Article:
Can Dr Samura Kamara rise up to Sierra Leone’s Foreign Policy Challenges?

by John Moses Kamara

“It has pleased His Excellency…” So began the announcement from State House that Dr Samura Kamara is has been appointed to be the new Foreign Affairs Minister in the President Ernest Koroma’s second term.

As Sierra Leone continues its rapid progress towards a developing democracy, the announcement becomes the latest installment in its transition, which has seen a generally peaceful and free and fair general elections held recently that would consolidate its governance structure and provide the basis of its sovereignty and diplomatic relationships with the outside world.

The role of the international community in helping end our 10 year old internal strife has set the framework for our relationship with the rest of the world via the United Nations, the African Unity, Non-aligned Movement, the Commonwealth, the International Monetary Fund and many other organizations and treaties, which Sierra Leone is a member of, or is a signatory to, respectively.

As important as our multilateral relationships are certain bilateral relationships. Sierra Leone has enjoyed a historically cordial and strategic partnership with Liberia, Guinea, Nigeria, China, United Kingdom and the United States.

Our relationships with our brotherly neighbours of Guinea and Liberia were partly carved by our colonial inheritance as much as our shared tribesmen and people. Arbitrary colonial boundaries continue to separate many families on each side of the boundaries between Sierra Leone and Liberia and between Sierra Leone and Guinea. But the blood connections have ensured that there are strong family ties and bonds of kinship that has fundamentally aligned our relationship with these countries.

Our relationship with the United Kingdom is a strong and pervasive one by virtue of our colonial heritage, language and continuous involvement of UK in our security and political developments since its intervention to help defeat the rebel backed forces that ended the war. Both Labour and Conservative governments have poured lots of political, economic and diplomatic capital to ensure Sierra Leone develops from a fragile state to a developing democracy.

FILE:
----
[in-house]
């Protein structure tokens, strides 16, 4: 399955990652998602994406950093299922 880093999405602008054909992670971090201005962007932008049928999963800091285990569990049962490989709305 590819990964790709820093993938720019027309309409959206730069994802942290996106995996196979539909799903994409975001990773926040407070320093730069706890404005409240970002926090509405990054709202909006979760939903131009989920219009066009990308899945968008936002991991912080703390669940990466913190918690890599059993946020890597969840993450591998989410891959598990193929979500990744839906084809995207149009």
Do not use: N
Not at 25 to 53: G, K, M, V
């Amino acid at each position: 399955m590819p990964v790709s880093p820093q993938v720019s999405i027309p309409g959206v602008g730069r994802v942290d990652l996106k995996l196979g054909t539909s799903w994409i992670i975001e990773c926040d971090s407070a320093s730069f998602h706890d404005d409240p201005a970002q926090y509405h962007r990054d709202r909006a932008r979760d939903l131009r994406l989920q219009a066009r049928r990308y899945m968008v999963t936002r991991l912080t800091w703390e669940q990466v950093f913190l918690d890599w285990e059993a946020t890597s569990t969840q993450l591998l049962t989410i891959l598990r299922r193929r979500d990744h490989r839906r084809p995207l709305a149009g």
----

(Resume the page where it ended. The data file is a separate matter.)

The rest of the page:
Perhaps the most important bilateral relationship is that with the United States of America, who provides one of the largest economic assistance to Sierra Leone and also provides other forms of assistance. With the collapsed of the former Soviet Bloc, the importance of having an equidistance relationship between the East and the West has now taken a different meaning with the advent of China to replace Russia as the alternative sphere of influence. The Chinese are increasing investment presence in Africa, including Sierra Leone offers opportunities for both to pursue a mutually beneficial economic and politic relationship.

President Ernest Koroma believes Dr Samura Matthew Wilson Kamara is the man equipped to meet the challenges of Sierra Leone’s foreign policy, which are now beyond romantic ties to economic and security realities. Dr Kamara, who was born in 1963 in Kamalo, Bombali District, is an Economist by profession and was previously Governor of Bank of Sierra Leone and most recently Minister of Finance and Economic Development. He also served under the SLPP government of Alhaji Ahmed Tejan-Kabba and is regarded by friends and foes as clever and shrewd.

It is this economic background that may well have convinced the President that he will be suited to the Foreign Ministry, as he has placed more emphasis on economic growth, international investment and trade to further the concept of ‘Sierra Leone is “open for business.” Dr Samura also served as a Member of the Board of Governors of the African Development Bank and Governor of Islamic Development Bank. These stints may well assist him in delivering the economic emphases of our foreign relationships.

But critics, including myself, question this appointment. Many do not believe he has the requisite experience in the diplomatic field or the stature and prominence in the international scene to merit such a portfolio. Dr Kaifala Marah, who has been appointed to replace him at Finance, may well have been a more suitable candidate due to his long stint at the Commonwealth Secretariat in London, which gives him more experience in dealing with many diplomatic personalities and issues.

I also strongly believe that this portfolio represents the best opportunity to appoint a grandee of the opposition, such as Dr Kadie Sesay. After all there are no serious disagreements between APC and SLPP about the conduct of our Foreign Policy, which is largely coincidental to the circumstances and realities of Sierra Leone’s position in relation to the outside world.